We have about 5 banks and their building another for some ungodly reason. And the only food offered here is the fast kind. If you want a sit down dinner you have to go to Frankfort or Lexington. The reason good restaurants will not come here is because our town does not sell liquor on Sundays and we have a law about not selling liquor by the drink. Until those laws are taken off the restaurants will never agree to come here.

.
Nope I live futher west than that actually alot futher west. I live near the Ft Campbell Army base.

And as far as the town not allowing liquor sold on Sundays that's a statewide law always has been Kentucky is pretty conservative on some areas. But some restraunts do it anyway.
post #14 of 20
Quote:
Originally Posted by Tavia'smom View Post
Nope I live futher west than that actually alot futher west. I live near the Ft Campbell Army base.

And as far as the town not allowing liquor sold on Sundays that's a statewide law always has been Kentucky is pretty conservative on some areas. But some restraunts do it anyway.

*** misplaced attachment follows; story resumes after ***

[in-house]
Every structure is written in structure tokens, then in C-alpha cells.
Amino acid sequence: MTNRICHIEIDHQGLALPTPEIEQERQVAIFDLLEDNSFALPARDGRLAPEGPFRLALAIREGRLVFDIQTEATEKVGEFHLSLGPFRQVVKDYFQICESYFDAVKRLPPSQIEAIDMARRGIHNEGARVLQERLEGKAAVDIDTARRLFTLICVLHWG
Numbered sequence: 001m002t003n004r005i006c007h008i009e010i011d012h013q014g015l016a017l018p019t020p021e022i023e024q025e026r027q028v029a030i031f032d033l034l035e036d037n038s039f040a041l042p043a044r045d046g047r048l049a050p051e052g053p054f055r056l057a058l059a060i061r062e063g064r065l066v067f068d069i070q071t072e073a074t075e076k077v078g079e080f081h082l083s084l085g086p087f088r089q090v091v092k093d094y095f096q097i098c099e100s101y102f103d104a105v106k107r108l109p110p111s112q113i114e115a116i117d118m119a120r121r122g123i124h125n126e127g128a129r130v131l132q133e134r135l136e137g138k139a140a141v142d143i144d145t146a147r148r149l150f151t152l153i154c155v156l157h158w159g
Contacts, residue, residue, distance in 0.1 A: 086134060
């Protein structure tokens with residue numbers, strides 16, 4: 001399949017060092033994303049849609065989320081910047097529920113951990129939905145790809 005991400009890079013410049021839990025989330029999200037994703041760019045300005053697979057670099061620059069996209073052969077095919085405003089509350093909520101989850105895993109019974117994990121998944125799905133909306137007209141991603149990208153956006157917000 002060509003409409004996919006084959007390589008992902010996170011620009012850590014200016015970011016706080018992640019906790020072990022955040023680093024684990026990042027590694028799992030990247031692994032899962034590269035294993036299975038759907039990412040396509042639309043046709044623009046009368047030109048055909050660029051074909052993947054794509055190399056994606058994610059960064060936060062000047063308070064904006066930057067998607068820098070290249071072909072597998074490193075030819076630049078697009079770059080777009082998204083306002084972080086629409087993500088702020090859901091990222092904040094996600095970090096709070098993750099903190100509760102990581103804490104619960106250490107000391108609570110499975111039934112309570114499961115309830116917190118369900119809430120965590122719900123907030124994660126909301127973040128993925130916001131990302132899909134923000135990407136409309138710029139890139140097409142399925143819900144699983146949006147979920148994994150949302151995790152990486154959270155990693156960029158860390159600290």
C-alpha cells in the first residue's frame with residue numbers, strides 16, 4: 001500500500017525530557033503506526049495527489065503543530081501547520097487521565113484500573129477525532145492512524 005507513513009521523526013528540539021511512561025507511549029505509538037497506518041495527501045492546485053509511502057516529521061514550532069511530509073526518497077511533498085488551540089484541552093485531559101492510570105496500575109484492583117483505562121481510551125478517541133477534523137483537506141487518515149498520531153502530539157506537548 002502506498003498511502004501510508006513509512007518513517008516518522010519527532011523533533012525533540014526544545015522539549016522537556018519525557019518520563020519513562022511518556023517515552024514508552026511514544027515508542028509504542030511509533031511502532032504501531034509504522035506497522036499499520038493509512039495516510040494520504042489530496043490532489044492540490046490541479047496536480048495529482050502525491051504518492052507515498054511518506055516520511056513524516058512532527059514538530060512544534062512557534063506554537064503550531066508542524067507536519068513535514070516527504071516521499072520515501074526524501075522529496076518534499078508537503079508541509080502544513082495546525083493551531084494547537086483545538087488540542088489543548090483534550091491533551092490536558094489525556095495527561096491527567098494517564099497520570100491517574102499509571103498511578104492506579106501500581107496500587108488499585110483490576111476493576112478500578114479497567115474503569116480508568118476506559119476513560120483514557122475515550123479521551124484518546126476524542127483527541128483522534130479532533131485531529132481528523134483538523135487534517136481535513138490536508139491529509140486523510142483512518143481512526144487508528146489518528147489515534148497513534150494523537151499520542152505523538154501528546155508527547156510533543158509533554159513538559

I know the Sunday thing is statewide. But not selling liquor by the drink is a county law. You can get beer by the drink but anything else and you can't get it.
post #15 of 20
Thread Starter 
Yeah they are a bit conservative in their laws in both the individual counties and statewide. Some of the counties are still dry counties and don't allow the selling of alchol period. The next county over from me is a dry one. Which is a bit funny because they have alot of drug busts in that county it would look like they would choose the greater of the two evils as they call them. But we have alot of silly laws in Kentucky used to be a law against saying a woman was pregnant in front of the women because it was considered to be swearing.
post #16 of 20
There are TONS of underground railroad sites throughout SE Michigan...actually many more if you include lower Michigan.

Detroit was a main portal for slaves to escape to Canada.

we're also known from Jimmy Hoffa and the mystery to his location (if there is a location anymore). If you head up North you can learn a lot about the Native Americans and the early Michigan settlers. Fort Michilimackinaw and Fort Mackinac are 2 examples.

As for ghost stories, there is a really good book written by a reverand out of Albion, MI. I forget his name. Supposedly he's a ghost hunter as sort of hobby and collects stories.